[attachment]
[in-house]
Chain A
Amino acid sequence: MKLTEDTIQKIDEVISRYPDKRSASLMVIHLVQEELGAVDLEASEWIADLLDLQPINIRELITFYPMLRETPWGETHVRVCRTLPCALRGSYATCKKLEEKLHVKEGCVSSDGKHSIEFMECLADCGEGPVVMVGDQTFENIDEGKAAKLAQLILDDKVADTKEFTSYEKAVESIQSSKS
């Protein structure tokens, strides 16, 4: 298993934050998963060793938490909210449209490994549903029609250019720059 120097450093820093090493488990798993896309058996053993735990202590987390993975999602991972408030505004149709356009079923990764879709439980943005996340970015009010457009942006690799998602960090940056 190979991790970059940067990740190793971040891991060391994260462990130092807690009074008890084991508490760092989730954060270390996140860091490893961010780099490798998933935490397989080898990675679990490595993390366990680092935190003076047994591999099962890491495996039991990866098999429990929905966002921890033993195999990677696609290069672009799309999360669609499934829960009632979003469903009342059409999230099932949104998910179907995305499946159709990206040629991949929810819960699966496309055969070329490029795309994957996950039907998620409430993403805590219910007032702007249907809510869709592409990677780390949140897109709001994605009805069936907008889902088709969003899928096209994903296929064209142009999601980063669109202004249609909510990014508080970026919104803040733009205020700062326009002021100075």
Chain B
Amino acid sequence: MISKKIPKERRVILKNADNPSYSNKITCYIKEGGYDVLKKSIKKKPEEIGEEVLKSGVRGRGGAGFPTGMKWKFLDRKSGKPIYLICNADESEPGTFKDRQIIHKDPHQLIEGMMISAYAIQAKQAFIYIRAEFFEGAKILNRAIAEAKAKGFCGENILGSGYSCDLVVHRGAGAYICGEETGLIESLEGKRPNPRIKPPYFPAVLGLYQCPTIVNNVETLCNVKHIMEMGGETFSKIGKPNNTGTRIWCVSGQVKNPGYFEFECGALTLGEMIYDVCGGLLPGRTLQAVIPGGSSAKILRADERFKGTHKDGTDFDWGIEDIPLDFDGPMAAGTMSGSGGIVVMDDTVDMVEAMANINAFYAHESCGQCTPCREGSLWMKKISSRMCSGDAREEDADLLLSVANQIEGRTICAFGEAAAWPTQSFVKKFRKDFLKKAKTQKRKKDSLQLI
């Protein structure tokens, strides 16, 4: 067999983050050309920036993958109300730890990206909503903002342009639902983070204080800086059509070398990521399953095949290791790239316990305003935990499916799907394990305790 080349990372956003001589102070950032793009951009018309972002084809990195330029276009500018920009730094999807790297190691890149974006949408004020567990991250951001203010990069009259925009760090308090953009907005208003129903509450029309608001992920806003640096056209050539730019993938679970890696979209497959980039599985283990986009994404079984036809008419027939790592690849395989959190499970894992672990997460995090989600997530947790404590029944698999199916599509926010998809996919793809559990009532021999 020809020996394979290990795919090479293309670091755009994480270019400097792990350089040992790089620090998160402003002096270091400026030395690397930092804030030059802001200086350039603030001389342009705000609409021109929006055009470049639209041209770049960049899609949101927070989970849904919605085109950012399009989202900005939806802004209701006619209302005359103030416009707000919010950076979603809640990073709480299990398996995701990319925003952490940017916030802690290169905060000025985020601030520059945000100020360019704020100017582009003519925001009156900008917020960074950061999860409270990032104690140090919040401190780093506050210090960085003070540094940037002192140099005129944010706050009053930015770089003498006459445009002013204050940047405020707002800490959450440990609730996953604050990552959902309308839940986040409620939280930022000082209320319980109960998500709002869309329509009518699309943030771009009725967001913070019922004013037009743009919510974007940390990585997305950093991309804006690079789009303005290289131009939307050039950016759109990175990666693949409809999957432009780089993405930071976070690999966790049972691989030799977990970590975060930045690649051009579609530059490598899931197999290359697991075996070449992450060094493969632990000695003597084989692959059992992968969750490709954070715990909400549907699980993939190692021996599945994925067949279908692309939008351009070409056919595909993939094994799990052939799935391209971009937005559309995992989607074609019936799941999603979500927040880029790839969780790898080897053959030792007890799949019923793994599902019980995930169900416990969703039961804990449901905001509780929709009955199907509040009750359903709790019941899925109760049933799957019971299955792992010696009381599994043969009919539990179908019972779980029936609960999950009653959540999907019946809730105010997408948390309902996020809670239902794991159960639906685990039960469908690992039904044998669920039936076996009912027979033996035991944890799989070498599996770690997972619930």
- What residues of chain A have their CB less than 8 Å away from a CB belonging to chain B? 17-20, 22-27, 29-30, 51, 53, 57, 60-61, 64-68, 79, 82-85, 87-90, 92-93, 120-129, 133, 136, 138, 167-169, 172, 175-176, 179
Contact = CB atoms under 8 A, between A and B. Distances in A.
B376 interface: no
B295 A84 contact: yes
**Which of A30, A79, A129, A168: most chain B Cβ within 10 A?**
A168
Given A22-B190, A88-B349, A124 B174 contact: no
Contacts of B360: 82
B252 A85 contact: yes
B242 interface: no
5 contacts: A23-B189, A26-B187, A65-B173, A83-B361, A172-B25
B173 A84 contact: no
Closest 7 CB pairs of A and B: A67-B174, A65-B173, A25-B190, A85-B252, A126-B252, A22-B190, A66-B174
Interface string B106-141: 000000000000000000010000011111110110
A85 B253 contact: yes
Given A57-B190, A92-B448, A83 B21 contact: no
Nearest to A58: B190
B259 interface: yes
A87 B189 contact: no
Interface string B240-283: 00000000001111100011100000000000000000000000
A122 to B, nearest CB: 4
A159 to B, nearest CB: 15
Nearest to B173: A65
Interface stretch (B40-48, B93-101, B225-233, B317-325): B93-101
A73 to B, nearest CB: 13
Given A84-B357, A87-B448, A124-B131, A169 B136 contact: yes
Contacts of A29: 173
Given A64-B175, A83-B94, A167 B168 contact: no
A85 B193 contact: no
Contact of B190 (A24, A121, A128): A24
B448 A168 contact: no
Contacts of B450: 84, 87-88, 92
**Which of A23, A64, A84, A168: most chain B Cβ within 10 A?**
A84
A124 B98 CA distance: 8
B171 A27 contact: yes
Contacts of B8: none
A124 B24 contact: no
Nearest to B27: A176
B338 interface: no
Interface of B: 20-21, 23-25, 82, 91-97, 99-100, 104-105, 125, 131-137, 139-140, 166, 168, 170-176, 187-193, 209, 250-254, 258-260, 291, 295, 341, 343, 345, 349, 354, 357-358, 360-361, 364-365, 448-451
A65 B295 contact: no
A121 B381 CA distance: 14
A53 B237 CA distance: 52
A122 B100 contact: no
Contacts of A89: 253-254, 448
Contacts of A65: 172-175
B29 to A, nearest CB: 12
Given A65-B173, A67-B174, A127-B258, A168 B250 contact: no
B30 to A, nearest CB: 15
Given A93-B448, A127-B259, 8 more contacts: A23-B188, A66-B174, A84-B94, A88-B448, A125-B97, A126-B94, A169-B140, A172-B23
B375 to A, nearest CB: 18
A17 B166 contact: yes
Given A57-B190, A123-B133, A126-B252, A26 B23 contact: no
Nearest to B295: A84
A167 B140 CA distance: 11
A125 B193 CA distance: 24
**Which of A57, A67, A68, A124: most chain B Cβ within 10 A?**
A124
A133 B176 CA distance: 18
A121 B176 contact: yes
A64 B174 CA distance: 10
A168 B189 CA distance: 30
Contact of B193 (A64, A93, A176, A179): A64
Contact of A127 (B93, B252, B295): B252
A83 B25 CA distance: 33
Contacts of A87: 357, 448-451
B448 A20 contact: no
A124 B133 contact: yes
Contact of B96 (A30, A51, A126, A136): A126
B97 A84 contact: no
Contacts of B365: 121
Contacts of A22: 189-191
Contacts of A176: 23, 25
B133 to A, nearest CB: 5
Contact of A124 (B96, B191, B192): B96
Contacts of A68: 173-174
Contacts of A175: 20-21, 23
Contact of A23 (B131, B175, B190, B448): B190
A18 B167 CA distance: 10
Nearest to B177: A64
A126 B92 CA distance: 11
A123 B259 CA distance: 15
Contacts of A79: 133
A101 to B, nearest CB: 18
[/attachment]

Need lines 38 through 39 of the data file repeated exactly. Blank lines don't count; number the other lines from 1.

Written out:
B448 A168 contact: no
Contacts of B450: 84, 87-88, 92